When I wrote Daisy I started toying with the idea of a daisy and a blue butterfly. My lead character Daisy is bandaged from head to toe due to EB, so it made sense to bandage a daisy from head to toe. EB children are called butterfly children therefore I wanted a butterfly in the poster especially as in the original screenplay a blue butterfly lead Stinky to Daisy and then continued to lead him throughout the film and then to top it all off, both my lead characters were meant to have blue eyes therefore blue was to always play a major part in the film, but of course, as with all things in life, evolution is inevitable.


My wonderful Production Designer Danae Hatzaki picked up a paper and pencil and started drawing my thoughts, then came the coloured pencils, then came the paints, then the photos and then, somehow, the first poster was born. We took it to our dear friend to play around with the picture on her computer as we needed it to have a bit of computer graphics in it to be worthy to be on the cover of to the investor package. To be honest I loved it! They both captured what I had wanted so I was satisfied and never thought about the poster again. i was just happy to be finally making Daisy.


I was always going to be happy with whatever I got, as Daisy was a low budget short film, however I am over the moon with where the poster is now. I really lucked out! I happen to have friends in the right places, who believed in the screenplay, the story and what I were trying to achieve with Daisy and due to their belief, you know who you are, they introduced me and persuaded Richard Morrison at The Morrison Studio to have a look at Daisy and I will be forever grateful for them doing so!!!!

Richard took my original idea and turned our low budget poster into something beautiful. My vision was born. The story now truly was about the daisy and the blue butterfly. I was going to keep the poster this way, however as I said, evolution is inevitable. The locked picture was extremely different to the screenplay that I had written. The daisy that featured in the screenplay, never is seen in the final cut and there is no blue butterfly, therefore Dean Wares went back to the drawing board and starting conjuring up a new concept that would reflect the film that we had created.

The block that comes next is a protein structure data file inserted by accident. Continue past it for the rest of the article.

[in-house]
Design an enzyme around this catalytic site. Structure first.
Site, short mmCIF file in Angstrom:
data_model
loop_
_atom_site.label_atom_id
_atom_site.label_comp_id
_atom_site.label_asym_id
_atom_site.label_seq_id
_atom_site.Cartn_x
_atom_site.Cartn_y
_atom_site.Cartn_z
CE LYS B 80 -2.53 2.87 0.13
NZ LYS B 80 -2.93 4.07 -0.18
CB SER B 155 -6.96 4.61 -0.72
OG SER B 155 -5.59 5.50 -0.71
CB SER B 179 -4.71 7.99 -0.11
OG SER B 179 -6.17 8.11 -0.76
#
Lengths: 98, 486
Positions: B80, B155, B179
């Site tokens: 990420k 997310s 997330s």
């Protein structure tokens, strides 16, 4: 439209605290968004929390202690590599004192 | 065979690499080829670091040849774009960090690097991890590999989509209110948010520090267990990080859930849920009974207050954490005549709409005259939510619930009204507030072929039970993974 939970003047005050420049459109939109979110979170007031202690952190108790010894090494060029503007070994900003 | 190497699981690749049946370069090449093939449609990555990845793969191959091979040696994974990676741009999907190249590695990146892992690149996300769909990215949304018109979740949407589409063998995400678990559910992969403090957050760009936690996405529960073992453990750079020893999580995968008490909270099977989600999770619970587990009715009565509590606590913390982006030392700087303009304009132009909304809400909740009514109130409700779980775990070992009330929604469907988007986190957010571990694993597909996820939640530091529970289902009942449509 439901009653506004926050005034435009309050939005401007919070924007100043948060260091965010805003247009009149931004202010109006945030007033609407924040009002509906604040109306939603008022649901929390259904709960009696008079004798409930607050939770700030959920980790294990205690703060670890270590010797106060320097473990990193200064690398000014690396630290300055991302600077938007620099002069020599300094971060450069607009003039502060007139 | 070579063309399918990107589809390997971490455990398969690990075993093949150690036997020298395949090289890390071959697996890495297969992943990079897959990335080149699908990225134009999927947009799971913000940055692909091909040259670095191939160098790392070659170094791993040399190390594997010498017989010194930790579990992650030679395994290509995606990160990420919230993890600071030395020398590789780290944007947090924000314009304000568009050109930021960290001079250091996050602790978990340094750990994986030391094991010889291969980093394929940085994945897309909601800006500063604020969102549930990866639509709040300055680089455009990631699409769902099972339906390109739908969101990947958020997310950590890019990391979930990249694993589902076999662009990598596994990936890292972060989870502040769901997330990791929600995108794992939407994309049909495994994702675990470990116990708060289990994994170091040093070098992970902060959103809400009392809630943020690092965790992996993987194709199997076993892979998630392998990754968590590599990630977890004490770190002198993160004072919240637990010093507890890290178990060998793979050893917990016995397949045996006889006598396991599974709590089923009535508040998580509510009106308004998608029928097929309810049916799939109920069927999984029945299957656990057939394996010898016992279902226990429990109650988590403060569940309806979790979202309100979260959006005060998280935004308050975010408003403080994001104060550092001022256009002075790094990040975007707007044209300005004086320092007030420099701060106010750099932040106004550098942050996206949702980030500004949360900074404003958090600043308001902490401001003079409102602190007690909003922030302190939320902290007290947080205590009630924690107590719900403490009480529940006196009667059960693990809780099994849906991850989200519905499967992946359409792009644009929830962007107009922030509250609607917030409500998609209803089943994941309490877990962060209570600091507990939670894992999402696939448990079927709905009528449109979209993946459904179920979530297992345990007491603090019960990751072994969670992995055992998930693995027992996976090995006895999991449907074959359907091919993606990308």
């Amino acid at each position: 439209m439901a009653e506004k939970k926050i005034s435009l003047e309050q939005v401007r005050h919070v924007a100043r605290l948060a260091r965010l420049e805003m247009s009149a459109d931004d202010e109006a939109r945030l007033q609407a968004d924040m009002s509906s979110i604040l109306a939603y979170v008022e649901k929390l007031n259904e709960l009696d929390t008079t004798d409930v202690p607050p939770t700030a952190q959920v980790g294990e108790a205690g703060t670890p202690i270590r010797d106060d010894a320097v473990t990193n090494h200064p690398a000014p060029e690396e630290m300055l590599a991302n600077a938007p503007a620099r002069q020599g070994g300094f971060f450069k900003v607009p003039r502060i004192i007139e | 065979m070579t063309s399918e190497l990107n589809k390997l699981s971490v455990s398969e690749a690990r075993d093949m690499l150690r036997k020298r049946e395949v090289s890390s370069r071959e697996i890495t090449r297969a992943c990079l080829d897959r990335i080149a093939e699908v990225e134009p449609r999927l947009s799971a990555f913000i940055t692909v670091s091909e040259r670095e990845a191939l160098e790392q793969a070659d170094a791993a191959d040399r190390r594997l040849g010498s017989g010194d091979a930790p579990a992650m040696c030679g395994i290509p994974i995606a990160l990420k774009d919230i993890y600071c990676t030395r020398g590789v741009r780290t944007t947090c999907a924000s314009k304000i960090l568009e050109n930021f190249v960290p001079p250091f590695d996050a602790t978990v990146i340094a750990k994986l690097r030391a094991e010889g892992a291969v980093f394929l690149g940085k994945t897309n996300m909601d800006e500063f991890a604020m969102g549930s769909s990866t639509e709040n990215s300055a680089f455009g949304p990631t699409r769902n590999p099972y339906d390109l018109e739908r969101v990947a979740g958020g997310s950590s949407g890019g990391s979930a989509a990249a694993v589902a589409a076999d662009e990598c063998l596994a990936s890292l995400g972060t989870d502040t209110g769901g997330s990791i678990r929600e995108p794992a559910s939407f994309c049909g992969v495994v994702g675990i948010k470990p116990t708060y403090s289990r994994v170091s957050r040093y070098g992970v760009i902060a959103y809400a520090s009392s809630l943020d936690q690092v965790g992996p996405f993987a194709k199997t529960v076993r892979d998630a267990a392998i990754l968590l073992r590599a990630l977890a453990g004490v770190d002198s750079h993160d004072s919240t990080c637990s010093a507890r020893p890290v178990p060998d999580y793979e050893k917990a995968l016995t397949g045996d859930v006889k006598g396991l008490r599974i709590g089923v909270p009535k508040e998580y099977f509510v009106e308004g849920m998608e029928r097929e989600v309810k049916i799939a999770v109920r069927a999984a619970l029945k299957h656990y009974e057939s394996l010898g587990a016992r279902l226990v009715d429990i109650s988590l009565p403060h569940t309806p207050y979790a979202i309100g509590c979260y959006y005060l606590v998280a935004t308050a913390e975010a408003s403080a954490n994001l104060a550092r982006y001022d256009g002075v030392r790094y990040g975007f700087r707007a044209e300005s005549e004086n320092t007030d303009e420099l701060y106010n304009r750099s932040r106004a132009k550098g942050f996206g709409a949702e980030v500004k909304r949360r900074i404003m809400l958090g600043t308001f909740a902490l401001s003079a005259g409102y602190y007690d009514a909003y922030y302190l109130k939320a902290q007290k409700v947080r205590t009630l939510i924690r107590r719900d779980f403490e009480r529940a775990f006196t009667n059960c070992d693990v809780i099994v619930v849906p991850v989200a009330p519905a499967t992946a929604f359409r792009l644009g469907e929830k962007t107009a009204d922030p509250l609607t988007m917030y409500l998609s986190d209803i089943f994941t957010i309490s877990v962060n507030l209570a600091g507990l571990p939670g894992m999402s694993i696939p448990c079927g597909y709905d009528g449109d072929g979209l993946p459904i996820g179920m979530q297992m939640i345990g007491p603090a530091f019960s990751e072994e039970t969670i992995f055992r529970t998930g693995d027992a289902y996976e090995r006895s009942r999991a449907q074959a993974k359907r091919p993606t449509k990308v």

Dean took the stills that our amazingly talented stills photographer Gareth Gatrell had captured and turned them into what you see below. There is really nothing else to say. I am speechless at what my team has achieved. Evolution of Daisy has nearly come to an end and sadness seems to be creeping into my life as we are at the final stages however at the same time I am filled with joy by what we have achieved and created. I think the poster says it all!!! Daisy is something truly special and I will be forever grateful to everyone who jumped onboard and made it breathtaking.


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